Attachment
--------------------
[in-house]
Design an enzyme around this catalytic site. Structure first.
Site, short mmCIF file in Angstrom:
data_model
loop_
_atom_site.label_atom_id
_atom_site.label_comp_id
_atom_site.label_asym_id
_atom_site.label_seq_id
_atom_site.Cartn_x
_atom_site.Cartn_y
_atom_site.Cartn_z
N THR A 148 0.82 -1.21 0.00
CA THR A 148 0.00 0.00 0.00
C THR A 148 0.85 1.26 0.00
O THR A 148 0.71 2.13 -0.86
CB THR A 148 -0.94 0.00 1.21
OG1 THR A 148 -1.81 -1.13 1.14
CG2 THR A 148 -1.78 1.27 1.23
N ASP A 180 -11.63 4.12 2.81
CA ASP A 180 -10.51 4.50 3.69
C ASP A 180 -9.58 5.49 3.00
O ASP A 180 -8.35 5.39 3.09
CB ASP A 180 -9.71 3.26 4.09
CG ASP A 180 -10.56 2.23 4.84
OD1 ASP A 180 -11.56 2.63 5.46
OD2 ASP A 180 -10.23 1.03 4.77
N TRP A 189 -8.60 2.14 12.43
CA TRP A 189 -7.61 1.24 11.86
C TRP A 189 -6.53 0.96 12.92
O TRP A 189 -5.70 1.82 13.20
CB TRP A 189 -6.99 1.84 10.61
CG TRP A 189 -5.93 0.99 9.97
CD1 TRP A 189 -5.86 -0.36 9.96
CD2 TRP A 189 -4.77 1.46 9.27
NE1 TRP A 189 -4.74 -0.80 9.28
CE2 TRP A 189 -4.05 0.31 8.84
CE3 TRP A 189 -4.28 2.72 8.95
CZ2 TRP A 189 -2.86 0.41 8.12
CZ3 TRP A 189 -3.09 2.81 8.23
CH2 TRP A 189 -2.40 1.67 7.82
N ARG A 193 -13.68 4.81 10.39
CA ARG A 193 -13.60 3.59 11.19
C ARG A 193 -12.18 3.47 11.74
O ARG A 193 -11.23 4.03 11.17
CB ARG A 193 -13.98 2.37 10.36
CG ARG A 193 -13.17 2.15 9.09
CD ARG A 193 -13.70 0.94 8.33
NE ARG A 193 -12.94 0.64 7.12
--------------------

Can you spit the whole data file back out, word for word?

[in-house]
Design an enzyme around this catalytic site. Structure first.
Site, short mmCIF file in Angstrom:
data_model
loop_
_atom_site.label_atom_id
_atom_site.label_comp_id
_atom_site.label_asym_id
_atom_site.label_seq_id
_atom_site.Cartn_x
_atom_site.Cartn_y
_atom_site.Cartn_z
N THR A 148 0.82 -1.21 0.00
CA THR A 148 0.00 0.00 0.00
C THR A 148 0.85 1.26 0.00
O THR A 148 0.71 2.13 -0.86
CB THR A 148 -0.94 0.00 1.21
OG1 THR A 148 -1.81 -1.13 1.14
CG2 THR A 148 -1.78 1.27 1.23
N ASP A 180 -11.63 4.12 2.81
CA ASP A 180 -10.51 4.50 3.69
C ASP A 180 -9.58 5.49 3.00
O ASP A 180 -8.35 5.39 3.09
CB ASP A 180 -9.71 3.26 4.09
CG ASP A 180 -10.56 2.23 4.84
OD1 ASP A 180 -11.56 2.63 5.46
OD2 ASP A 180 -10.23 1.03 4.77
N TRP A 189 -8.60 2.14 12.43
CA TRP A 189 -7.61 1.24 11.86
C TRP A 189 -6.53 0.96 12.92
O TRP A 189 -5.70 1.82 13.20
CB TRP A 189 -6.99 1.84 10.61
CG TRP A 189 -5.93 0.99 9.97
CD1 TRP A 189 -5.86 -0.36 9.96
CD2 TRP A 189 -4.77 1.46 9.27
NE1 TRP A 189 -4.74 -0.80 9.28
CE2 TRP A 189 -4.05 0.31 8.84
CE3 TRP A 189 -4.28 2.72 8.95
CZ2 TRP A 189 -2.86 0.41 8.12
CZ3 TRP A 189 -3.09 2.81 8.23
CH2 TRP A 189 -2.40 1.67 7.82
N ARG A 193 -13.68 4.81 10.39
CA ARG A 193 -13.60 3.59 11.19
C ARG A 193 -12.18 3.47 11.74
O ARG A 193 -11.23 4.03 11.17
CB ARG A 193 -13.98 2.37 10.36
CG ARG A 193 -13.17 2.15 9.09
CD ARG A 193 -13.70 0.94 8.33
NE ARG A 193 -12.94 0.64 7.12